Electric and electronic keyboards played a massive role in shaping the development of rock and pop music throughout the 20th Century and beyond, from the early electro-mechanical organs and piano-like devices to more sophisticated and versatile electronic keyboards and synthesizers. Many are instantly recognisable and are rightly famed for introducing unique sound characters now associated with individual specific classic hit tracks and even for creating entirely new musical genres.
Alan Lenhoff and David Robertson are both devoted admirers (and experienced users) of classic keyboards and, together, they have created a marvellously impressive book (University of North Texas Press, ISBN: 9781574417760) detailing these instruments in great depth and breadth — and with gloriously detailed photographs throughout. It's a very large (240 x 320 x 25 mm), heavy book, with over 400 pages of fascinating content divided into 17 chapters. Most chapters devote around 15 pages to a single instrument, describing the developmental history, construction and operating concepts, restoration issues and tips, associated musicians and recordings, and a wealth of other interesting and often little-known anecdotes and facts. The first three chapters really set the scene for the very earliest development of electric and electronic keyboard instruments. Thereafter, individual chapters are devoted to the Hammond B3, Wurlitzer piano, Hohner Pianet, Vox Continental, Farfisa Compact, Gibson G-101, Rhodes piano, Hohner Clavinet, Mellotron, RMI Electra-piano, Yamaha CP70B, and the Moog Minimoog.
I became completely engrossed in this book within seconds of opening the cover. It is very readable and generously illustrated throughout.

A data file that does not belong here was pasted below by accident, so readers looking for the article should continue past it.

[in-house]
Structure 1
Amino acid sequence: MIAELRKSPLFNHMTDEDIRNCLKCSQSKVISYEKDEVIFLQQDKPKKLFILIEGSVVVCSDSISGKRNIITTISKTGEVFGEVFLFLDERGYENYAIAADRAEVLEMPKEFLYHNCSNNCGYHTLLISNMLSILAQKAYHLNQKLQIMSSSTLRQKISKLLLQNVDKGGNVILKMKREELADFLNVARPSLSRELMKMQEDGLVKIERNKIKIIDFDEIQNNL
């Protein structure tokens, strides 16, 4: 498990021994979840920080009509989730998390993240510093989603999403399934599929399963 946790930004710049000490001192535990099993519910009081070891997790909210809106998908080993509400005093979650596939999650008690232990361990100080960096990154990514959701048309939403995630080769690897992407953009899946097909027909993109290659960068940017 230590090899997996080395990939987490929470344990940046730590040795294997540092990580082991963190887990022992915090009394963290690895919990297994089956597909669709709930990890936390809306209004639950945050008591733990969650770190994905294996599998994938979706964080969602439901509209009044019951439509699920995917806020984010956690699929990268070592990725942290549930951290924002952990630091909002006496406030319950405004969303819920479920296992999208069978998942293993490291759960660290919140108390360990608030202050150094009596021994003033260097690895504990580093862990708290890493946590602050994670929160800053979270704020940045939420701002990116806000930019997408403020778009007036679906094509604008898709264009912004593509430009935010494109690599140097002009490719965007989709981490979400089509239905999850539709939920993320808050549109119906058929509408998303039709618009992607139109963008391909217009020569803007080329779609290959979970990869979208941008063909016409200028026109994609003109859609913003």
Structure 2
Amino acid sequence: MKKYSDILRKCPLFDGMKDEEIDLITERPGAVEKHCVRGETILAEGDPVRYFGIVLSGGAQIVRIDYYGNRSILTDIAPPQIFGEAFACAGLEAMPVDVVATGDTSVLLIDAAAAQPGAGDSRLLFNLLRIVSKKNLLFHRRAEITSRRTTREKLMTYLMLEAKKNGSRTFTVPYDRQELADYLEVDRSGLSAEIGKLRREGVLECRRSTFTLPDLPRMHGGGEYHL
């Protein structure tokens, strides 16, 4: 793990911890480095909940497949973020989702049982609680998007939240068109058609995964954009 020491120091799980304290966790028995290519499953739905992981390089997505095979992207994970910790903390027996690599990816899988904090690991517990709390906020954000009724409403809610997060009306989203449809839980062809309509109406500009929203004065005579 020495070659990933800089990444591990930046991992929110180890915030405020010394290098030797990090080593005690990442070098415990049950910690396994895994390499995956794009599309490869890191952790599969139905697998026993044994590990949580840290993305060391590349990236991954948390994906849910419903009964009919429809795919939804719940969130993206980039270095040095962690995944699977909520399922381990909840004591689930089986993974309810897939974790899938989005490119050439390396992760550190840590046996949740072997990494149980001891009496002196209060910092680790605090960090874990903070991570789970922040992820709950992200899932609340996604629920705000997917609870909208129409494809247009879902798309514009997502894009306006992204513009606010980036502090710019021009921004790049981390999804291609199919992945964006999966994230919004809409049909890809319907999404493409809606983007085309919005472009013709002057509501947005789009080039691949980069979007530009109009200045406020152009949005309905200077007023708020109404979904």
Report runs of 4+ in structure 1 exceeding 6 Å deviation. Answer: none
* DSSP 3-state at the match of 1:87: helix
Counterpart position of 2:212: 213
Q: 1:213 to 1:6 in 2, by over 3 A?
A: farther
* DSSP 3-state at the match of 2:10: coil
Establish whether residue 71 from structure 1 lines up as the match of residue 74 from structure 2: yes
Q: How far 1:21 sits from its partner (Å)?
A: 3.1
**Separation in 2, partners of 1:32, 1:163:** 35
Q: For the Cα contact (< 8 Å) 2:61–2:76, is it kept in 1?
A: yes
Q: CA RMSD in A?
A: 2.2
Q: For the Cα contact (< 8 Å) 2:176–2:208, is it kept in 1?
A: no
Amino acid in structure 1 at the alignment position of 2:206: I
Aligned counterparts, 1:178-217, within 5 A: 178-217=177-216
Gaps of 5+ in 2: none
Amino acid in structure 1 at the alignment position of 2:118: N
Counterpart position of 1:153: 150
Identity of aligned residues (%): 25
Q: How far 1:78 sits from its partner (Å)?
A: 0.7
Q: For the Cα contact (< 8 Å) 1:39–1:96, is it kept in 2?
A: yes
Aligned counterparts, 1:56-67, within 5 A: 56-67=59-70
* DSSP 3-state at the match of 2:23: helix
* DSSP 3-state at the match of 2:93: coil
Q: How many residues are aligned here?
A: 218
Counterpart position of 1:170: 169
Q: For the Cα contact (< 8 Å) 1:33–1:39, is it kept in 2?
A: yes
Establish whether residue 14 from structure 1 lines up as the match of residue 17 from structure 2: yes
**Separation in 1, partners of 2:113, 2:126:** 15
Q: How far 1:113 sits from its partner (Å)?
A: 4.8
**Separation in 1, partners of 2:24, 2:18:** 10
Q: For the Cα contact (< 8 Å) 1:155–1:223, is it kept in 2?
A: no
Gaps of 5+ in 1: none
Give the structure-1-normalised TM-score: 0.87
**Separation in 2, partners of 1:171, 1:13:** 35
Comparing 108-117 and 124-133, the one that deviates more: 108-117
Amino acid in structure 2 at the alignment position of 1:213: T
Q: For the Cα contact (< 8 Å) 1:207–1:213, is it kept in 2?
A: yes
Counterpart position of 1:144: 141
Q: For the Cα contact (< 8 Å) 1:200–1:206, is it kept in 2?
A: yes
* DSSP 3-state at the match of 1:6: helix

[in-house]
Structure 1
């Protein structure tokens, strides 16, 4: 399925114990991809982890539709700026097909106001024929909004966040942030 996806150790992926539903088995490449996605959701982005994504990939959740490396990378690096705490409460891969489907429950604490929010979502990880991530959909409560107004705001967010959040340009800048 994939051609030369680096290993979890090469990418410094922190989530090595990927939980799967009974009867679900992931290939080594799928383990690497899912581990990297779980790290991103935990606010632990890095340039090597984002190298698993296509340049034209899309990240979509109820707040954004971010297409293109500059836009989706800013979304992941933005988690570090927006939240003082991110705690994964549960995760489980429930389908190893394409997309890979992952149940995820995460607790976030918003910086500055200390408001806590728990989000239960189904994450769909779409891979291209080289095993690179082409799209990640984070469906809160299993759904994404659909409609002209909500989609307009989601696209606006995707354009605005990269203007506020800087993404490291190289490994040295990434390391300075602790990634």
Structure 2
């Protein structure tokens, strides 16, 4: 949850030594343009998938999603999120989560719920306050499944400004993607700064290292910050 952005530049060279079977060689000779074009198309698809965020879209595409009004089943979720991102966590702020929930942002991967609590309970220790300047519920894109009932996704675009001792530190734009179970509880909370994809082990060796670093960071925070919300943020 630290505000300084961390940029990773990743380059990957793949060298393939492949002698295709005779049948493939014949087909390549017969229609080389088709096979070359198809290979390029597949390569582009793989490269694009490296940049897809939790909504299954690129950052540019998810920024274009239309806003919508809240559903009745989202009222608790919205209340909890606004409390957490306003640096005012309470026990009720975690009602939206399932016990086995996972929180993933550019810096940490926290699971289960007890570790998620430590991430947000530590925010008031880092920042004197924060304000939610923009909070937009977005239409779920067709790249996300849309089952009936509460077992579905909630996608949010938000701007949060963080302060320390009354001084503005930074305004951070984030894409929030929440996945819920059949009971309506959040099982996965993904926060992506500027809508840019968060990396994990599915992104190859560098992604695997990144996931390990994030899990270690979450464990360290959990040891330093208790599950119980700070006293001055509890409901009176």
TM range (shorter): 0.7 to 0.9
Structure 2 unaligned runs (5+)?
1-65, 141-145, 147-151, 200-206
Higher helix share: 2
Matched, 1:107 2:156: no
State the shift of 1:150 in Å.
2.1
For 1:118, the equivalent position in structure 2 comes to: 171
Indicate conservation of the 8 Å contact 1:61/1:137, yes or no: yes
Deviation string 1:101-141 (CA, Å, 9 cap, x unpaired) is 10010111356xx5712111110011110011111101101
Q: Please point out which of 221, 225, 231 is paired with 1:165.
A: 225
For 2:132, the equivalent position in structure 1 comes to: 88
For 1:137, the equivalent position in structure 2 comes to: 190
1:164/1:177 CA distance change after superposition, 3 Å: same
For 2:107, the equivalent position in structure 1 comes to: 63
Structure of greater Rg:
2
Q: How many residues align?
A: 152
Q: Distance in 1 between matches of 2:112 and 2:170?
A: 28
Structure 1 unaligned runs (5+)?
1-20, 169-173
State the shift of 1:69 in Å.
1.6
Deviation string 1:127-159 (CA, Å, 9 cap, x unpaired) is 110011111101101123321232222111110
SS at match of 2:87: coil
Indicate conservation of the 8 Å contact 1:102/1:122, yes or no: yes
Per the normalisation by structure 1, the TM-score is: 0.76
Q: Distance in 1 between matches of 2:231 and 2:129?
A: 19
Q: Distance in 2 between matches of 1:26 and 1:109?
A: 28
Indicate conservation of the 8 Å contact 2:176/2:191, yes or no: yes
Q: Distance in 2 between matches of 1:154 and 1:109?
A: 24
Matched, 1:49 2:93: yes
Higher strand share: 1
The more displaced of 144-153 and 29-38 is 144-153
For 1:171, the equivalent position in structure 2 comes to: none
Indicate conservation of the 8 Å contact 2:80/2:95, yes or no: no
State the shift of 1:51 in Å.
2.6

There's also a chapter on the rise of the Japanese keyboard manufacturers like Roland and their forebear Acetone, as well as Yamaha, Korg, Kurzweil and others. Pretty much every significant keyboard and synth ever built and used professionally in the studio or on stage throughout the 20th Century, from the 1930s to the 1980s is at least mentioned somewhere in this enthralling and astonishingly comprehensive book. All that is, apart from the Yamaha CS80, a rather curious and disappointing omission (although its big brother, the GX-1, gets a brief mention). The final chapter concerns the collecting of vintage keyboard instruments, and some personal experiences and advice regarding their restoration.
I became completely engrossed in this book within seconds of opening the cover. It is very readable and generously illustrated throughout, celebrating the history, technology, innovation and application of so many classic instruments with an obvious love, respect and, at times, humour too. The depth of information and breadth of anecdotes and fascinating insights into the mechanical and electrical workings of the instruments, some of which I previously knew very little about, is almost overwhelming.
As a lifelong fan of Hammond tonewheel organs, I like to think there isn't much I don't know about them, but I learned several really interesting new things from this book — and not just about Hammonds, either. I also found myself returning frequently, just to look at the pictures and discover more gems I'd perhaps overlooked or skipped past on my first read.
For anyone with more than a cursory interest in the classic keyboard instruments, the outstanding quality and breadth of content in this magnificent hardback book (an e-book version is also available) easily justifies its price and I really can't recommend it highly enough. It should be required reading for anyone considering a career in the audio industry, whether as a performer or an engineer/producer!